Home News Julian Assange, Florida, David Hockney: Your Friday Briefing

Julian Assange, Florida, David Hockney: Your Friday Briefing

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Julian Assange, Florida, David Hockney: Your Friday Briefing

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Snow caused commuter chaos in the New York metropolitan area on Thursday, and there could be further delays today. We’ll keep you updated here.CreditCreditSpencer Platt/Getty Images

By Mark A. Walsh

  • Nov. 16, 2018

(Want to get this briefing by email? Here’s the sign-up.)

Good morning.

Here’s what you need to know:

The U.S. Justice Department has prepared an indictment of the WikiLeaks founder, who has been holed up in the Ecuadorean Embassy in London. The move would be a sharp escalation of Mr. Assange’s yearslong battle with the American government.

It is not clear if prosecutors have filed charges against Mr. Assange. The development came to light in an unrelated court filing “made in error,” according to Joshua Stueve, a spokesman for the U.S. Attorney’s Office for the Eastern District of Virginia.

Why it matters: An indictment could have implications for the publication of government secrets and for Robert Mueller’s special counsel inquiry — which President Trump, in a barrage of tweets on Thursday, said had “gone absolutely nuts.”

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After a tumultuous machine recount of Florida’s midterm elections concluded on Thursday, officials have ordered a recount by hand of the close Senate race between Rick Scott, the Republican governor, and the Democratic incumbent, Bill Nelson.

Mr. Scott has a 12,603-vote lead, a margin of 0.15 percentage point, and he has called for Mr. Nelson to concede.

Another Republican, Ron DeSantis, held onto a more substantial lead over Andrew Gillum in the race for governor, though votes were still being counted in that contest, too.

Parsing the problems: Races in Florida and Georgia are still undecided 10 days after the elections. What’s going on?

The House: Nancy Pelosi says she has enough votes to become speaker. Some Democrats are wrestling with the importance of keeping a woman in the top job.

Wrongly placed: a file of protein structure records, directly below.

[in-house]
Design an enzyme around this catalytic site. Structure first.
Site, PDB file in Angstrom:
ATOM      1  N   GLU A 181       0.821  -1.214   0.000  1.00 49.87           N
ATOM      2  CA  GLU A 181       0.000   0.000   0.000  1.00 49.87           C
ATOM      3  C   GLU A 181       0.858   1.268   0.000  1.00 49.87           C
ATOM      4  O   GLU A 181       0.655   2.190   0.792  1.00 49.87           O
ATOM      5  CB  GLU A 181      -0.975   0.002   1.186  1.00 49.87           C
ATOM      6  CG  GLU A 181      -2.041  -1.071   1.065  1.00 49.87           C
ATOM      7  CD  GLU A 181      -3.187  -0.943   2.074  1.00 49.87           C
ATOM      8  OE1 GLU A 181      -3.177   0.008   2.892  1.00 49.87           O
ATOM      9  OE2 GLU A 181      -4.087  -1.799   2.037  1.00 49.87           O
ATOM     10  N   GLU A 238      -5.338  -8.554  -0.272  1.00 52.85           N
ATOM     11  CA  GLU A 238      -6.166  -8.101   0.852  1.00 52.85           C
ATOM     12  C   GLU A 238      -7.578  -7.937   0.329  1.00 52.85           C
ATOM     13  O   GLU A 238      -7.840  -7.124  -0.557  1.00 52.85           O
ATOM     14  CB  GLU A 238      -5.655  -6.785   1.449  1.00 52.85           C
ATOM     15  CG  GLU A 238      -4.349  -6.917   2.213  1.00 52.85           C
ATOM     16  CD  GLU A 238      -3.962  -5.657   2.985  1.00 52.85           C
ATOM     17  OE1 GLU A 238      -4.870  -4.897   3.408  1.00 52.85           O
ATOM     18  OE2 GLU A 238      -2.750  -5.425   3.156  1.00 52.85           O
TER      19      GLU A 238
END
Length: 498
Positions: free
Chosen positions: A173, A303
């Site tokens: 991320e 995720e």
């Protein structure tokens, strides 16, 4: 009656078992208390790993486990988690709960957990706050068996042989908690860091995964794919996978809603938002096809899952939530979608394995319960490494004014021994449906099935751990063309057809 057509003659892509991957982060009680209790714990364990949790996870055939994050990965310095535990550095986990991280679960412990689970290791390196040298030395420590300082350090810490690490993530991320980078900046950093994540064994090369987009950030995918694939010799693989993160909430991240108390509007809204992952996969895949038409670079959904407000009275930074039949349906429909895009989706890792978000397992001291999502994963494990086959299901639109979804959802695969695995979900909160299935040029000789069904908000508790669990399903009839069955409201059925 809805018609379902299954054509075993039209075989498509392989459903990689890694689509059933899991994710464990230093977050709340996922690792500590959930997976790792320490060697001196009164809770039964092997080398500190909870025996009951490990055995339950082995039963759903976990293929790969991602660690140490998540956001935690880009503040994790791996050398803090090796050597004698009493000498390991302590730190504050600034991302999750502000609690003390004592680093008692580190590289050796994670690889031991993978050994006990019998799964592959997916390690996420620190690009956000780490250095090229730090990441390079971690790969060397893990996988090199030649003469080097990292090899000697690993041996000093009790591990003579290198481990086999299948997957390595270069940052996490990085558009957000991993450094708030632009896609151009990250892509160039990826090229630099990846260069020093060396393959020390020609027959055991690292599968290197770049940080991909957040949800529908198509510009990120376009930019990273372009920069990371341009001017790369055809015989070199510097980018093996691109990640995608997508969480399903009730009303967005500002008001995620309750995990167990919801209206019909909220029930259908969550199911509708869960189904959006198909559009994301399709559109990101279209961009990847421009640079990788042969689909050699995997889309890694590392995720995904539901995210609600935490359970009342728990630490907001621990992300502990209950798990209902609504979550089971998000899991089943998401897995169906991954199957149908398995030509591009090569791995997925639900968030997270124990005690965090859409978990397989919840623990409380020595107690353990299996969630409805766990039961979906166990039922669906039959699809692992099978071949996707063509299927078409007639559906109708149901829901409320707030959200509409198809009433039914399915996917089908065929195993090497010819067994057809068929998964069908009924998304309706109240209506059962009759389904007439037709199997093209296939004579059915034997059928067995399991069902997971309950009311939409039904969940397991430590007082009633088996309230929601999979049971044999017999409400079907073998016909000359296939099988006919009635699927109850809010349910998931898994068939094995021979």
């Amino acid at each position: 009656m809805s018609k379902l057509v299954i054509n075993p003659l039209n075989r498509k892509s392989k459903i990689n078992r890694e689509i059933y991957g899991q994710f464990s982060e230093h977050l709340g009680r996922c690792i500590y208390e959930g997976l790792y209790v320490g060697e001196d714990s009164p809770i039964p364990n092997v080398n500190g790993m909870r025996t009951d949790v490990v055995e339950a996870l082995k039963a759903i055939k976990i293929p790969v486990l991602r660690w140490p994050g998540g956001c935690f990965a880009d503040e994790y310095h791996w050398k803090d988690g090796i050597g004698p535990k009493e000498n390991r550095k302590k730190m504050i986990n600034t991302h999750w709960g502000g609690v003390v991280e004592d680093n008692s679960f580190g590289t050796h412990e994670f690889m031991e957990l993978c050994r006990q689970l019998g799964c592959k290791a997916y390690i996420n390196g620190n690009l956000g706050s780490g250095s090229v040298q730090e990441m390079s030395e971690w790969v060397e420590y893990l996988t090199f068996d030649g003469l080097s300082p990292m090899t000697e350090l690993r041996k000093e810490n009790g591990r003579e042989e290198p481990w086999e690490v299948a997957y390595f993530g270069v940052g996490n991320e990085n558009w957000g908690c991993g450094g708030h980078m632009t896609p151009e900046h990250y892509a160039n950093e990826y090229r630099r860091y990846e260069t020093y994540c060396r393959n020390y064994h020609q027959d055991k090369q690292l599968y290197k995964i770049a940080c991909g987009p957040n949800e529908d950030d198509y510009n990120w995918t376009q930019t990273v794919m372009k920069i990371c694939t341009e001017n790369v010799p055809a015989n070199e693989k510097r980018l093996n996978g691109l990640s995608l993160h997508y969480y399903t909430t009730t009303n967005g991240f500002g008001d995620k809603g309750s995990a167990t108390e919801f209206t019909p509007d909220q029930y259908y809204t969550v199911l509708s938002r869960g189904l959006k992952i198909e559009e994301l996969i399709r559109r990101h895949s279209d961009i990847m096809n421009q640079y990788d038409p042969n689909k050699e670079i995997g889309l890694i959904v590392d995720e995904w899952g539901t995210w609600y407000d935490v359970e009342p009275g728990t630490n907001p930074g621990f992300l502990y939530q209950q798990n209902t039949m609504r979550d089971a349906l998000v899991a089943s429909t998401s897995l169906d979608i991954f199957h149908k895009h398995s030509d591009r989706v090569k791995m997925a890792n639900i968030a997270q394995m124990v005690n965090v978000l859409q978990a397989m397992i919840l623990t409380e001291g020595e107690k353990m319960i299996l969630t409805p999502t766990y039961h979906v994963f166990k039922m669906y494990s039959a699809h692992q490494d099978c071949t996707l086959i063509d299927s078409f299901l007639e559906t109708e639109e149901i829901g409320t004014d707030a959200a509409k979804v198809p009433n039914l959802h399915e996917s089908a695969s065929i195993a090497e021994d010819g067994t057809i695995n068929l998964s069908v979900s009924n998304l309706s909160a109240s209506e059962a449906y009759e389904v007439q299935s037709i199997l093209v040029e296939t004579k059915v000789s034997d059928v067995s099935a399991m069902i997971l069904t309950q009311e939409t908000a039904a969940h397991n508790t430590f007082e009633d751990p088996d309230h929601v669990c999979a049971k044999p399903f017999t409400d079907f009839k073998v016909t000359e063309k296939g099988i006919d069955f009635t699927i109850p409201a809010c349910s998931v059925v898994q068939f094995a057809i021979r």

The government of Prime Minister Theresa May is on a knife-edge after the resignations of two cabinet ministers on Thursday over a draft deal on the terms of Britain’s withdrawal from the European Union.

That left Mrs. May’s survival in office in doubt just a day after her cabinet had begrudgingly approved the plan.

“Am I going to see this through?” Mrs. May said at a news conference after hours of being pummeled in Parliament. “Yes.”

Many lawmakers declared her draft plan unworkable or demanded a second referendum, and there’s little time to find a compromise before Brexit happens in March. Here are some of the takeaways.

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Prime Minister Theresa May arriving at Downing Street on Friday. She could face a leadership challenge from rebel lawmakers inside her Conservative Party.CreditWill Oliver/EPA, via Shutterstock

Explainer: What is Brexit, and why are things so complicated?

On social media: The hashtags said it all: #brexitchaos and #brexitshambles have been trending.

Saudi Arabia said on Thursday that five of its agents suspected in the death of the dissident Jamal Khashoggi in the kingdom’s consulate in Istanbul would face the death penalty if convicted.

The country’s public prosecutor said a 15-man team sent to confront Mr. Khashoggi had received orders to return him, but had decided on the spot to kill and dismember him instead. In doing so, it shifted the official narrative yet again, apparently trying to distance its de facto ruler, Crown Prince Mohammed bin Salman, from any responsibility.

U.S. response: Hours after the announcement, the Trump administration imposed sanctions against 17 Saudis accused of involvement in the case.

The devastating wildfires in the state have destroyed a small city’s worth of homes, adding to a housing crisis and leaving thousands with nowhere to go. Roughly 81,000 have been evacuated.

A worsening toll: The number of deaths statewide rose to at least 66 on Thursday, including 63 in the Camp Fire. More than 600 people are missing in Butte County alone, up from an estimate of 130 a day earlier.

The Food and Drug Administration announced a series of restrictions on Thursday aimed at combating flavored e-cigarettes and tobacco products that have lured young people into vaping and smoking.

Brittany Kligman, 33, was smoking a pack of regular cigarettes every day until she tried vaping. Now she’s been tobacco-free for months.

On the other hand, Matt Murphy, 17, got into vaping in high school and developed a painful nicotine addiction that made him so dependent he called his device his “11th finger.”

The basics: We answered common questions about the health effects of e-cigarettes and vaping.